Friday, July 25, 2008

Neuroesthetics

What is going on in your brain when you behold the Pietà by Michelangelo?

On one level your brain instantly perceives the shapes and contours, and it recognizes that the image on your computer screen is a photograph of a three-dimensional form. Even if you had never seen it before, you would recognize that the sculptural form represents human figures. You might observe that the sculpture is accomplished at the highest level of mastery. The subjects portrayed are not just any humans, but Mary and Jesus, with all the emotional and spiritual associations that go with that story. Perhaps you might recall the mentally disturbed geologist who vandalized the work with a hammer in 1972.

When I saw the Pietà in person, I was overcome by its beauty. I remember the feelings welled up inside me. I choked up, my eyes filled with tears, and I was unable to speak.

All these responses to a work of art can be studied using the new functional MRI (fMRI) mapping techniques. Corresponding with each level of response, there is specific and localized electrical activity going on in different parts of the brain.

Traditionally, the study of how and why we respond to beauty has been addressed by the field of aesthetics, a domain of philosophy. But today, a small group of scientists is working to understand aesthetic response in neurological terms, and this is part of a larger movement called “empirical aesthetics.”

One of the pioneers in this new field of neuroesthetics is Professor Semir Zeki. He coined the term, and he runs the Institute of Neuroesthetics at University College London. In his Statement on Neuroesthetics, he says, “Art is a human activity and, like all human activities, including morality, law and religion, depends upon, and obeys, the laws of the brain.”

Professor Zeki graciously responded to a few questions:

JG: Can we tell from brain imaging that the response to art is somehow special or different from the response to utilitarian or nonesthetic objects?

SZ: At present it is difficult to tell the difference between the response to an ordinary object (eg. a chair) and the response to viewing the painting of a chair. The same applies to faces. If, however, one were to focus specifically on the aesthetic value of what is being viewed, one would (I think) be able to differentiate between the two - assuming that the painting has greater aesthetic appeal. This is because, in that case, there would be greater activation of the orbito-frontal cortex.

JG: Tolstoy’s definition of art involves one person consciously infecting another with an emotion. When a subject reports that a work is beautiful or ugly, how is the brain’s emotional center involved?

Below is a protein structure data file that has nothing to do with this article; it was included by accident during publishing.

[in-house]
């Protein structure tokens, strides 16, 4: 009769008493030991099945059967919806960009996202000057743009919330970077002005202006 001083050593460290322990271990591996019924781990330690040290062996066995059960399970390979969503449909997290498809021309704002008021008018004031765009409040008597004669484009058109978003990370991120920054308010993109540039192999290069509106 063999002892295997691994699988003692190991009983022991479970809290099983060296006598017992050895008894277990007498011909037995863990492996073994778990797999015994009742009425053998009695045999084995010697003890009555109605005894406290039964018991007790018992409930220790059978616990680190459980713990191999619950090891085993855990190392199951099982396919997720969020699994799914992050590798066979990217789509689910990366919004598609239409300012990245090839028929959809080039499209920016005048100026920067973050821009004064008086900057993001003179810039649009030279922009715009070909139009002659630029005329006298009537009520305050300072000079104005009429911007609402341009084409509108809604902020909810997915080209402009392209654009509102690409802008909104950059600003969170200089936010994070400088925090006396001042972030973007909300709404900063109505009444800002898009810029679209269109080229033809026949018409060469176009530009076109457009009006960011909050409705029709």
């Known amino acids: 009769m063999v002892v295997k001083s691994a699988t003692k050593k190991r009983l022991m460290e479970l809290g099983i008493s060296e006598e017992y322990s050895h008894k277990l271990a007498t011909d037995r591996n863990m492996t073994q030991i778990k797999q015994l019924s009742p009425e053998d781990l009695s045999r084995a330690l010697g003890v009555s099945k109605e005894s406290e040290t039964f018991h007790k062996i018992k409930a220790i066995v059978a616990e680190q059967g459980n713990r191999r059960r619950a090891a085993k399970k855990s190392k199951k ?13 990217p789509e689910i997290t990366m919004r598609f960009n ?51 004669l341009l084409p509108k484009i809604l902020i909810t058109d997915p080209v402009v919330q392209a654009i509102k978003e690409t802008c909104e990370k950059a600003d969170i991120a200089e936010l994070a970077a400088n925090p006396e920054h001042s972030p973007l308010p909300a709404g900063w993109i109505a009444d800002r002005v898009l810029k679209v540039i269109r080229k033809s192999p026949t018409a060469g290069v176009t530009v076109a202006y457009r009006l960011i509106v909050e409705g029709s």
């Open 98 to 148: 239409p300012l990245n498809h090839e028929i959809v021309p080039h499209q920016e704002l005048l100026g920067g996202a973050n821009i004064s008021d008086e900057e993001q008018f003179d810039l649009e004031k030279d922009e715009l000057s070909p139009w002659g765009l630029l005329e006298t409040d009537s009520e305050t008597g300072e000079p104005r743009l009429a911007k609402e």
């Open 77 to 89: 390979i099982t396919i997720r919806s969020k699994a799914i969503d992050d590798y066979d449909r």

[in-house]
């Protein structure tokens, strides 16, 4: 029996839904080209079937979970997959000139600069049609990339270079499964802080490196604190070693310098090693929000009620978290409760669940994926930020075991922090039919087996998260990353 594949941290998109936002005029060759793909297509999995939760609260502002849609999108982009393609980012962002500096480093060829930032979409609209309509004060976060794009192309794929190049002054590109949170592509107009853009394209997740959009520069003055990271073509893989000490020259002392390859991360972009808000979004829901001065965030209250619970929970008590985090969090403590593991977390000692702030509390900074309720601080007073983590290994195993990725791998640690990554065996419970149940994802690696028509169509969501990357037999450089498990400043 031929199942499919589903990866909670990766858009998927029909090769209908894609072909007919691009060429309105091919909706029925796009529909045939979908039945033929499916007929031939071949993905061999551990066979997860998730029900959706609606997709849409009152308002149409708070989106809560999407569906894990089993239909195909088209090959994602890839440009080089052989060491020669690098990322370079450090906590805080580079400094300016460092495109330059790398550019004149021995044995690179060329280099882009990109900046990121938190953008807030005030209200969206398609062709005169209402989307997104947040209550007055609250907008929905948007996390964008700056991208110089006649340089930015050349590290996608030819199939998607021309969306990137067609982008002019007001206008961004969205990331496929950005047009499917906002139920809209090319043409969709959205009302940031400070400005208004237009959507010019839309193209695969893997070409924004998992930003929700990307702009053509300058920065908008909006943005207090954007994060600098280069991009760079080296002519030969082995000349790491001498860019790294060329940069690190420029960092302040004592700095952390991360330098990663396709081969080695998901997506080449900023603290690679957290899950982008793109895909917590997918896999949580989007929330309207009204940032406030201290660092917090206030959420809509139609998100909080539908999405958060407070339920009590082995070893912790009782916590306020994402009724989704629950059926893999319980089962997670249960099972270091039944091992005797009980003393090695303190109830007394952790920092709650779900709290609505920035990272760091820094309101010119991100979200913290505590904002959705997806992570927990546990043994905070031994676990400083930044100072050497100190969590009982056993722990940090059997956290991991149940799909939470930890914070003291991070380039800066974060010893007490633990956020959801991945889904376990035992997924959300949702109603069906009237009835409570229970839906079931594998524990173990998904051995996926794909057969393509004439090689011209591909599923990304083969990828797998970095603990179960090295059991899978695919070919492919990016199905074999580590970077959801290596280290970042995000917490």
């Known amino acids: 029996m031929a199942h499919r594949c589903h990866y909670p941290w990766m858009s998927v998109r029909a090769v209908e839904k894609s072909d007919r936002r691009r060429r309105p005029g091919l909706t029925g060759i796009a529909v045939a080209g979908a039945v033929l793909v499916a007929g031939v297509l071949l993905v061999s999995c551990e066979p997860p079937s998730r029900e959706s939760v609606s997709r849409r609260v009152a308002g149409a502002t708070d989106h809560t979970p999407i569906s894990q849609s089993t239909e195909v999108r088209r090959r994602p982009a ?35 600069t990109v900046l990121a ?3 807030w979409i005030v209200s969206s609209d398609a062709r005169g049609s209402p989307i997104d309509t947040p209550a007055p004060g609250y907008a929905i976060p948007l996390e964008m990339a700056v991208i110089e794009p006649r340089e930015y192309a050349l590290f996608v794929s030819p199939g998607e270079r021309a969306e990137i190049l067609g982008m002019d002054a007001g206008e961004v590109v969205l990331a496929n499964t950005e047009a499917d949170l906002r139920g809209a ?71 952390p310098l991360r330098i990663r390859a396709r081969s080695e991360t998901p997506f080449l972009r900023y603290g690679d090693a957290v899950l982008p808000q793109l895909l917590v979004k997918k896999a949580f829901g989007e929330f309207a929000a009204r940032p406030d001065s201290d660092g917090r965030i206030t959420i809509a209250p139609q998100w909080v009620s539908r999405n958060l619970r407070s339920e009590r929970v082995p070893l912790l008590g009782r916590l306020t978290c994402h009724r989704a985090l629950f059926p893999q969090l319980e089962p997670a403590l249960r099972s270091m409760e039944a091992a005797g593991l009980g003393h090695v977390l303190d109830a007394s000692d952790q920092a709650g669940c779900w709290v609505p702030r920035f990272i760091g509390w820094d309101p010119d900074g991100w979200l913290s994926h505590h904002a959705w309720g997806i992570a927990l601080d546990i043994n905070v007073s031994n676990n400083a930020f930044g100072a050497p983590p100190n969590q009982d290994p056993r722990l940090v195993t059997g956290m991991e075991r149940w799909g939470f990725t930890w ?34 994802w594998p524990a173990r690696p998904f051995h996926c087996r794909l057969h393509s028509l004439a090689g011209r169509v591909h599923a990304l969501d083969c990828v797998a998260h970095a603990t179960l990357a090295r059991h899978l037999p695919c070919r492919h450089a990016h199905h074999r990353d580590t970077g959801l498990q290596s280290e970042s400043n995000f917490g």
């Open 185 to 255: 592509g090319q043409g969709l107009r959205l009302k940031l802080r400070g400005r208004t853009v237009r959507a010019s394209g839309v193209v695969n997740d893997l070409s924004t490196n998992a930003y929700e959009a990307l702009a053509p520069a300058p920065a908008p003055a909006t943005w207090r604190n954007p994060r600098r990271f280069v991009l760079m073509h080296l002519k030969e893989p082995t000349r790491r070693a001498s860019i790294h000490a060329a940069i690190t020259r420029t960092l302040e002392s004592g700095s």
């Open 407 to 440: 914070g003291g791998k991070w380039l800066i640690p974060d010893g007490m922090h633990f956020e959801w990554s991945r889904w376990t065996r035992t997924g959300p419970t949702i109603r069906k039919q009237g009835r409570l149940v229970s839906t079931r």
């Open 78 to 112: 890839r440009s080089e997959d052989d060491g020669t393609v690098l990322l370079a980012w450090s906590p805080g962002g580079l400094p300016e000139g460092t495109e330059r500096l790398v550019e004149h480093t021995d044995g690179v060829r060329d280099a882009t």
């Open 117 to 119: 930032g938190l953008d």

SZ: Perceiving something as ugly or beautiful involves activation of the medial orbito-frontal cortex. Activity here is much more pronounced when pictures considered to be beautiful are perceived (in other words the activity is proportional to the declared experience of beauty).

JG: Walter Pater said that all of the arts aspire to the condition of music. Can we tell from fMRI studies how the response to visual art actually compares to the response to music or literature?

SZ: This is a question that I cannot answer at present. It is nevertheless an interesting question, worthy of future study.

JG: Does the brain respond differently to abstract versus representational art?

SZ: Yes, it seems to. Portrait paintings activate a specific part of the brain, landscapes another, and still lifes yet another. Abstract art seems to lead to very little activation, presumably because in the contrasts used to elicit the activation, the ubiquity of what is shown in abstract paintings (that is to say the features there that are also common to landscapes and still lifes and portraits) lead to activity being cancelled out in the subtraction process.

JG: How would you respond to critics who say that this line of inquiry is too reductive and diminishes the mystery and grandeur of the aesthetic experience?


SZ: I would say that they are misguided, because knowledge of the mechanisms involved in artistic appreciation and creativity does not in the least diminish the affective value of these works when we view them. I would also say that they are misguided to think that there can ever be a satisfying theory of aesthetics and beauty which does not take into account the neural activity which leads to aesthetic experiences. I would finally say that, whatever their concerns, science has now embarked firmly on a study of neuroesthetics, and there is no turning back.
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Professor Semir Zeki's blog and website. and his statement on neuroesthetics.
Wikipedia entry on Neuroesthetics, link